The Story of the Alphabet

D. Appleton, 1915 - 209 pages
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Page 185 - Jesus saith, Wherever there are two, they are not without God ; and wherever there is one alone, I say, I am with him. Raise the stone, and there thou shalt find me ; cleave the wood, and there am I.
Page 14 - Tarky, blind in his left eye," which was done, and read by the other man to the increased astonishment of every body. Mr. Mariner then told him that, in several parts of the world, messages were sent to great distances through the same medium, and being folded and fastened up, the bearer could know nothing of the contents, and that the histories of whole nations were thus handed down to posterity, without spoiling by being kept (as he chose to express himself).
Page 94 - A WAS an Archer, who shot at a frog; B was a Butcher, who had a great dog; C was a Captain, all covered with lace; D was a Drunkard, and had a red face; E was an Esquire, with pride on his brow; F was a Farmer, and followed the...
Page 37 - ... its own significance. Red strands stood for soldiers, yellow for gold, white for silver, green for corn, and so forth, while a single knot meant ten, two single knots meant twenty, double knots one hundred, and two double knots two hundred. Such simple devices served manifold purposes. Besides their convenience in reckoning, they were used for keeping the annals of the empire of the Incas ; for transmitting orders to outlying provinces ; for registering details of the army ; and even for preserving...
Page 144 - Man in Hellas was more highly civilized before history than when history begins to record his state ; and there existed human society in the Hellenic area, organized and productive, to a period so remote that its origins were more distant from the age of Pericles than that age is from our own. We have probably to deal with a total period of civilization in the /Egean not much shorter than in the Nile Valley.
Page 173 - ... from the Hellenes only in the political and social development of their age. ...Herodotus and others take a prejudiced view when, reasoning back from the subsequent Tyrrhenian Pelasgi, they call the ancient Pelasgians a rude and worthless race, their language barbarous, and their deities nameless. Numerous traditionary accounts, of undoubted authenticity, describe them as a brave, moral, and honourable people, which was less a distinct stock and tribe, than a race united by a resemblance in manners...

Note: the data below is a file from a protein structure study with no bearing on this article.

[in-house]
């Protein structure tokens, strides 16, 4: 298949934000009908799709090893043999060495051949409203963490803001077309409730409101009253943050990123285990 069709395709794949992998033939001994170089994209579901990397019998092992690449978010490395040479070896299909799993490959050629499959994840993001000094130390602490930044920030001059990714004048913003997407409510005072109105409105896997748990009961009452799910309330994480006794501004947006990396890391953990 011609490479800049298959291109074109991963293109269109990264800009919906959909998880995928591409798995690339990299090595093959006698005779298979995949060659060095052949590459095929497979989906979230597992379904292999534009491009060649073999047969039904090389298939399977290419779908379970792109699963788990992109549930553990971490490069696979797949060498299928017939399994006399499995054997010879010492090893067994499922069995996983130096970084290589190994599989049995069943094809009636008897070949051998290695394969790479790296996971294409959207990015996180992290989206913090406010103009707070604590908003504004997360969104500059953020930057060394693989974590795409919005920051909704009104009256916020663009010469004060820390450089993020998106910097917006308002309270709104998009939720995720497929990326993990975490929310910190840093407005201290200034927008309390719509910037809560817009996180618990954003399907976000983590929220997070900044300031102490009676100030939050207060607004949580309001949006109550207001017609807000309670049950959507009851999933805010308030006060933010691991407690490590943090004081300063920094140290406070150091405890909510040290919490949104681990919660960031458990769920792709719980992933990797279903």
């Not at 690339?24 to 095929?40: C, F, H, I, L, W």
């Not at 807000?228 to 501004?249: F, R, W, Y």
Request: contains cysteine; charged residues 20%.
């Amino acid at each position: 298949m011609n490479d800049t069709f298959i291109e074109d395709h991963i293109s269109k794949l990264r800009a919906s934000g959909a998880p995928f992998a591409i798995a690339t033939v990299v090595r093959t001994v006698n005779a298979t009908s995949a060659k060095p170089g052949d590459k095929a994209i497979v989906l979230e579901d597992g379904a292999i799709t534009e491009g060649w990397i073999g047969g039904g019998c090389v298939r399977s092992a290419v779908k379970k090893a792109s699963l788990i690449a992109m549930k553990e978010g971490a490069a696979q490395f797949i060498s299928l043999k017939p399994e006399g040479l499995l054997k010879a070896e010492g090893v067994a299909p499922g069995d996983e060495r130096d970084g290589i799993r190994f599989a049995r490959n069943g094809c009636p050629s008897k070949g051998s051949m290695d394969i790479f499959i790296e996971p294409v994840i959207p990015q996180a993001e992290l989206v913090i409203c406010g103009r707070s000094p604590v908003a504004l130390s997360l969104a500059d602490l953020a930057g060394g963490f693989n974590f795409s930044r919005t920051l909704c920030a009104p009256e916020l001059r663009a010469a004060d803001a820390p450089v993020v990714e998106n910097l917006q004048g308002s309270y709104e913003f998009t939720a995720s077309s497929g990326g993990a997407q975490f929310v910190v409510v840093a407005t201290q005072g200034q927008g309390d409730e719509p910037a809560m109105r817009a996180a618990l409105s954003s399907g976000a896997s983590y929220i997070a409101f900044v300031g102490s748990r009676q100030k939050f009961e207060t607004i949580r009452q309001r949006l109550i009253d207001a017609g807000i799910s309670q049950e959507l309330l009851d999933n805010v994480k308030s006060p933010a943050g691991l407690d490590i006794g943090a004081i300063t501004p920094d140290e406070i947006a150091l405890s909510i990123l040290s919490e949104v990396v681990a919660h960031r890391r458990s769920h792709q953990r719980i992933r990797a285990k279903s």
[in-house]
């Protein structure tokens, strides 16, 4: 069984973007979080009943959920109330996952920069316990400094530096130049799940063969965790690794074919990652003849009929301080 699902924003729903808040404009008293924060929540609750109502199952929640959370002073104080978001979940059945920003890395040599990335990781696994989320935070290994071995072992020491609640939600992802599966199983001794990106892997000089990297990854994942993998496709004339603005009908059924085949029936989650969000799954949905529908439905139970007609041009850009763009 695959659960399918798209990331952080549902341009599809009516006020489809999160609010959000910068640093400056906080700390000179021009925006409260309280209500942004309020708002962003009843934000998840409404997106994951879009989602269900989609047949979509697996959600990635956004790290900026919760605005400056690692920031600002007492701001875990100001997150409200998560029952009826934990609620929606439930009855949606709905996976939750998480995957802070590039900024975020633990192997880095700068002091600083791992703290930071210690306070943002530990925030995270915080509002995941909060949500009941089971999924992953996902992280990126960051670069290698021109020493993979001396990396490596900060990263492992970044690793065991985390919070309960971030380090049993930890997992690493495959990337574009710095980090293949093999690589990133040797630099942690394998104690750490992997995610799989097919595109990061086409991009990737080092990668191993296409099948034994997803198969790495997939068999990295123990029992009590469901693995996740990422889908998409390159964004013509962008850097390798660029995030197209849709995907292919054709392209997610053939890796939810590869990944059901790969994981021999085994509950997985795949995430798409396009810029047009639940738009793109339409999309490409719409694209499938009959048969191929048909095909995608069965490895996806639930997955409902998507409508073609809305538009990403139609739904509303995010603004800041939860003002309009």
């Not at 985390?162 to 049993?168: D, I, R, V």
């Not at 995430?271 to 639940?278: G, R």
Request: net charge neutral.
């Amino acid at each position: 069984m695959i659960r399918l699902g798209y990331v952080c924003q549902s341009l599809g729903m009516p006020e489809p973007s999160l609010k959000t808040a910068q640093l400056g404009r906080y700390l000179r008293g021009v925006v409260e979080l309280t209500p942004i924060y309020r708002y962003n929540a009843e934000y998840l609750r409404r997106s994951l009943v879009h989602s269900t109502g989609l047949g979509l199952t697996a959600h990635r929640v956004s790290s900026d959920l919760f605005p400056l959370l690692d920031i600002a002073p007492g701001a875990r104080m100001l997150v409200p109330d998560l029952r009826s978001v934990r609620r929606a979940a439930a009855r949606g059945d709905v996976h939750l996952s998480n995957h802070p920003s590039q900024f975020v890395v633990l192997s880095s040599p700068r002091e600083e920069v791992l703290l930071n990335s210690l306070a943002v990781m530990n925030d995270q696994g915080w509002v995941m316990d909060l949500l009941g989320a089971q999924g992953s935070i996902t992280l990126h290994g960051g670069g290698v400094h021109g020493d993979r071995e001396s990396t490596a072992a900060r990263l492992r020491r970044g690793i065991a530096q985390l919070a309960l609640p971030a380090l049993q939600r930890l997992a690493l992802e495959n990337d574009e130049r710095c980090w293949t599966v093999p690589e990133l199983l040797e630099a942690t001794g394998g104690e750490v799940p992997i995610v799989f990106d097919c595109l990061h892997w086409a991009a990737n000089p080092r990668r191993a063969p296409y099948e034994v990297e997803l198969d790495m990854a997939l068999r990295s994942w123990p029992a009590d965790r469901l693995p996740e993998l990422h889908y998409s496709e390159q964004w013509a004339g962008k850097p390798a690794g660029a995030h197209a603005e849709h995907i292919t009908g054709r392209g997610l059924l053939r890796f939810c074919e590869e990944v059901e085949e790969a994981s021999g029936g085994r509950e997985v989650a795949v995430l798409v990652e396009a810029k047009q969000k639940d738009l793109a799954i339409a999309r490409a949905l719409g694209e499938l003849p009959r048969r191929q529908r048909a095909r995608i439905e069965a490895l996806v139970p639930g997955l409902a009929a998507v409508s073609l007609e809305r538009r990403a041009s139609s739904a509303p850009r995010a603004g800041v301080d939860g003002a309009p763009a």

Page 185 - Either how canst thou say to thy brother, Brother, let me pull out the mote that is in thine eye, when thou thyself beholdest not the beam that is in thine own eye ? Thou hypocrite, cast out first the beam out of thine own eye, and then shall thou see clearly to pull out the mote that is in thy brother's eye.
Page 185 - Jesus saith, I stood in the midst of the world, and in the flesh was I seen of them, and I found all men drunken, and none found I athirst among them, and my soul grieveth over the sons of men, because they are blind in their heart [and see not], poor, and know not their poverty.
Page 98 - Nipur was a great and flourishing city and its temple, the Temple of Bel, the religious centre of the dominant people of the world at a period as much prior to the time of Abraham AS the time of Abraham is prior to our own day. We discovered written records no less than 6000 years old, and proved that writing and civilisation then were by no means in their infancy.
Page 122 - Phoenician race generally, but afterwards, as time went on, they changed with their speech the form of the letters also. During this time the lonians were the race of Hellenes who dwelt near them in most of the places where they were ; and these, having received letters by instruction of the Phoenicians, changed their form slightly and so made use of them, and in doing so they declared them to be called 'Phoenicians,' as was just, seeing that the Phoenicians had introduced them into Hellas. Also,...

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